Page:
EGYPT IN THE NEWS
The shooting and killing of 32-year old activist Shaimaa El Sabbagh in Cairo on 24 January continued to lead international coverage on Egypt last night and early this morning.
Human Rights Watch issued a statement on the deaths of the protesters over the weekend with a mention of El Sabbagh’s killing.
Patrick Kingsley of The Guardian commented yesterday on the strident tone of a front-page editorial in Al Ahram regarding the death of socialist activist Shaimaa El Sabbagh. Kingsley quotes Ahram editor Sayed Naggar as writing “The invulnerable facts conveyed by the eyewitness accounts from Shaimaa’s partners in the demonstration, and by the footage of her killing, clearly indicate the killer, the misuse of power and a failure to implement the law.” The tone and forcefulness of the editorial was also commented on by the AP.
ENERGY, RENEWABLE ENERGY & SUBSIDY REFORM
Beltone Capital looks to private placement, will invest in USD 100 mn solar power station
Daily News Egypt, Al Mal | 26 Jan 2015
Beltone Capital will look to raise USD 100-120 mn in a private placement some time this year, according to comments carried by the Daily News Egypt attributed to Beltone Private Equity chief Hazem Barakat. Citi and Beltone Financial are advising on the transaction. The press is also reporting that Barakat announced Beltone and Total will jointly invest in a c.USD 100 mn solar energy station after being pre-qualified for renewable energy projects. (Read in Daily News Egypt and in Arabic in Al Mal)
Germany’s KSB to provide pumps, valves, and cooling circuits to South Helwan power station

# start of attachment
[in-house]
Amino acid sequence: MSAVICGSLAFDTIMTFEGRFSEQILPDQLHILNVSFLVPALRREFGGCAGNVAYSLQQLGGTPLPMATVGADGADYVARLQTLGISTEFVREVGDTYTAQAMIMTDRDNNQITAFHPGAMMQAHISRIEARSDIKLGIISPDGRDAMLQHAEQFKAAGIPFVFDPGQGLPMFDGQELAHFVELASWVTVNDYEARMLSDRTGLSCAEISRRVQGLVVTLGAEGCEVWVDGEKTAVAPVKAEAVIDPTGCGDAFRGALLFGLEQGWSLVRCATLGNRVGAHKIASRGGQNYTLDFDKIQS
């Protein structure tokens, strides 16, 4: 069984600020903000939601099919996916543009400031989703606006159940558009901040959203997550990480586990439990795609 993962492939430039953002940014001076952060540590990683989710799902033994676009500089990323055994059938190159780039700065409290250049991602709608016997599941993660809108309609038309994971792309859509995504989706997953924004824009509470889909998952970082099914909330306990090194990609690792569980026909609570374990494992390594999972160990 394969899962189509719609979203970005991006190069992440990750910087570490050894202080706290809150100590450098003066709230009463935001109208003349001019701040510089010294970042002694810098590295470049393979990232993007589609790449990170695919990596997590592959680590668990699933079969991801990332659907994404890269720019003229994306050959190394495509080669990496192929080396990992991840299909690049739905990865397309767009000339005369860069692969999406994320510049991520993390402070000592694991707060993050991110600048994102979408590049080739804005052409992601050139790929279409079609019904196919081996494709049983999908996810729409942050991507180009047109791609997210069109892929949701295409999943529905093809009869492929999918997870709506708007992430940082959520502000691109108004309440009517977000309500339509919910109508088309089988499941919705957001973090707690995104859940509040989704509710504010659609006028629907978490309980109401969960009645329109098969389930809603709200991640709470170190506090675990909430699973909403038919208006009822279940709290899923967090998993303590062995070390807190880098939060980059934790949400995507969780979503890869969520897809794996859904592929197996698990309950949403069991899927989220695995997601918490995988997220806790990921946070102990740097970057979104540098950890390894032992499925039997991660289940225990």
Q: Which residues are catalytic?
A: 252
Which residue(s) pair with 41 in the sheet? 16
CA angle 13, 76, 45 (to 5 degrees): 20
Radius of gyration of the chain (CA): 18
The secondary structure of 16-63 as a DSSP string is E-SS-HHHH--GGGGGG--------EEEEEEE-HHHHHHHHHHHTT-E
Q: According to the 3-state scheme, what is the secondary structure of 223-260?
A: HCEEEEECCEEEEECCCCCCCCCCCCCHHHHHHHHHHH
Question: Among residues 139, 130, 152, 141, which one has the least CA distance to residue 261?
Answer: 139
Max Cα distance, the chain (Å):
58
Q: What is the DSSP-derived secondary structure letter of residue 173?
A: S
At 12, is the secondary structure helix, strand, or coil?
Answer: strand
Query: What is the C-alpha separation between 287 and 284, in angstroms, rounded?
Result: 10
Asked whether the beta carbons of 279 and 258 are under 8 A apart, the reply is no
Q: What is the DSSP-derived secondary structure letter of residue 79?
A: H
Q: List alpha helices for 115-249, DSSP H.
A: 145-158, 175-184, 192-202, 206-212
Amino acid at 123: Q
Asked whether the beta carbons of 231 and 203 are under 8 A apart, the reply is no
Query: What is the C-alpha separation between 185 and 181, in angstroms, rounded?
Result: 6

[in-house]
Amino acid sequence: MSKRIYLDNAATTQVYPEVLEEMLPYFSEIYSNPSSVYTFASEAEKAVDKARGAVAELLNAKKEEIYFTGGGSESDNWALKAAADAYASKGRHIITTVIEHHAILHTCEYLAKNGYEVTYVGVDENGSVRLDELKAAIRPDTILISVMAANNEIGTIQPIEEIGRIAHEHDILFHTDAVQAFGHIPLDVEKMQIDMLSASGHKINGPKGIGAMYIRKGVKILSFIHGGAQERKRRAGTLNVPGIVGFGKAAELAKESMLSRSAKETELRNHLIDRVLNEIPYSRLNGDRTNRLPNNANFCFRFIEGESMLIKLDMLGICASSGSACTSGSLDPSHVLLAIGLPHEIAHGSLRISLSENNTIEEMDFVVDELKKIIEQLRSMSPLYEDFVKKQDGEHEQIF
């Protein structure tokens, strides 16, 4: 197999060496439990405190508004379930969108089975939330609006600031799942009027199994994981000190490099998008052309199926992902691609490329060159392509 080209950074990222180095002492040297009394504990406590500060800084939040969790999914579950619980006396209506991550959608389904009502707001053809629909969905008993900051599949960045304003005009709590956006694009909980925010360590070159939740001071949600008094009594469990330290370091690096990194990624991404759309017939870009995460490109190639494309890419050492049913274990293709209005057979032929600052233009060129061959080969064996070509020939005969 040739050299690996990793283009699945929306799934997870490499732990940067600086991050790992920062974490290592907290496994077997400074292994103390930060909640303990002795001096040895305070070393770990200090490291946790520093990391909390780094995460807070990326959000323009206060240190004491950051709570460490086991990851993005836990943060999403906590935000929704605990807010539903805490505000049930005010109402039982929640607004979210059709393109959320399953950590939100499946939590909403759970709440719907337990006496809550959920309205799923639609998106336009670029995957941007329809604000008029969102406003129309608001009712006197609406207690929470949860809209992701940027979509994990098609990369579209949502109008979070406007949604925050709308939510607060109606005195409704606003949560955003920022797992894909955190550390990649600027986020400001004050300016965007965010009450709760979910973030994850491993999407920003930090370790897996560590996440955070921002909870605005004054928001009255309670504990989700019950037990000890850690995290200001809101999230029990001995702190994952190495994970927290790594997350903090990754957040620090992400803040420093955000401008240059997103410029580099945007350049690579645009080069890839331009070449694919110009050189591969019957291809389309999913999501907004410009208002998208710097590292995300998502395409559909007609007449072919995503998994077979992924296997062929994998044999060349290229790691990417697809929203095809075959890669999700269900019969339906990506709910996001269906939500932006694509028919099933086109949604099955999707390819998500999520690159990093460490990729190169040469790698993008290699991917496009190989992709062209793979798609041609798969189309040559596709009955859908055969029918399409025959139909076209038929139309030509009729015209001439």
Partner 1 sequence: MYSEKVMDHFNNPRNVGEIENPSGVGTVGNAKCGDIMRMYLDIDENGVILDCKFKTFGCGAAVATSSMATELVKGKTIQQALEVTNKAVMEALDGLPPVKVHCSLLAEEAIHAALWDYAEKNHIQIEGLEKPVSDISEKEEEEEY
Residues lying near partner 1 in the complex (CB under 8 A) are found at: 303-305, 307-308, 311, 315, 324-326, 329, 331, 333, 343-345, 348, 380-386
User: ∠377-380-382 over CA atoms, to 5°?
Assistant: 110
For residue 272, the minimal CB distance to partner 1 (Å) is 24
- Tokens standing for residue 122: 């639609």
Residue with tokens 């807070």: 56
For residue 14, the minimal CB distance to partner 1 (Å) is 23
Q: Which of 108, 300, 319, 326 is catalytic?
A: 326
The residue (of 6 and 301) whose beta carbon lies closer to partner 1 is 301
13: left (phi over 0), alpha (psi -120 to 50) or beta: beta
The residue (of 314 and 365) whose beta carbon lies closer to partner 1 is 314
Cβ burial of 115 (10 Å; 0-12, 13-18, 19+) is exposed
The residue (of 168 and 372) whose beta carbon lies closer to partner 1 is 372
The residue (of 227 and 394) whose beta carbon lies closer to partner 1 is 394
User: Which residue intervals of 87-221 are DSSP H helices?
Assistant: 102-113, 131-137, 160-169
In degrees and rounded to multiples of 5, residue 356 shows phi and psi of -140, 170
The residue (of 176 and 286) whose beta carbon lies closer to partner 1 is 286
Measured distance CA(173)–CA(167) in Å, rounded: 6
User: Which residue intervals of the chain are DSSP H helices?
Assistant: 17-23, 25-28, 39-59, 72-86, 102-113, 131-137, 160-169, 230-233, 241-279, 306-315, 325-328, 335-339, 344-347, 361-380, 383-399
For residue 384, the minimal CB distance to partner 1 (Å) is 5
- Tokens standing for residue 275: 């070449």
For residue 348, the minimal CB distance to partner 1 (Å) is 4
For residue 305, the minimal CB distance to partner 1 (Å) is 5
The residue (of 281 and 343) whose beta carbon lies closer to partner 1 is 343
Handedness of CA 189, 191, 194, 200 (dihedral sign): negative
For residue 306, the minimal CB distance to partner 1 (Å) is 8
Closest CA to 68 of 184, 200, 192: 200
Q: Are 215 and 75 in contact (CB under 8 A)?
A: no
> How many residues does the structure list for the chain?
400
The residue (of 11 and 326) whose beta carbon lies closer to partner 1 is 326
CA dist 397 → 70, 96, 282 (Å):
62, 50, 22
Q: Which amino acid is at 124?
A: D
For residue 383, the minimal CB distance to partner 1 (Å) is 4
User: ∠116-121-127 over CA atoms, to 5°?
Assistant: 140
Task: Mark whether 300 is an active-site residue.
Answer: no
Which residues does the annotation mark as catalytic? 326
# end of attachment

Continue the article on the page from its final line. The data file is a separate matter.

Al Mal | 26 Jan 2015
KSB was awarded a tender to provide pumps, valves, and cooling circuits to South Helwan power station by the Ministry of Electricity. The results of the tender were delayed as the World Bank was examining the results of the tendering process. The power station is currently under construction at a cost of EGP 15 bn, financed partly by a World Bank loan of USD 500 mn and an Islamic Development Bank loan of USD 450 mn. The station has a capacity of 1.95GW and is expected to come online in 2016. (Read in Arabic)
Ministry of Electricity to build five new transformer stations
Al Mal | 26 Jan 2015
Five new transformer stations will built by the Ministry of Electricity with a capacity of 500MV per unit. The stations will be built in the Gulf of Suez area, the Red Sea governorate, and Minya at a total cost of EGP 800 mn. Private sector companies building wind farms in Suez and the Red Sea areas will finance part of the cost, Al-Mal reports. (Read in Arabic)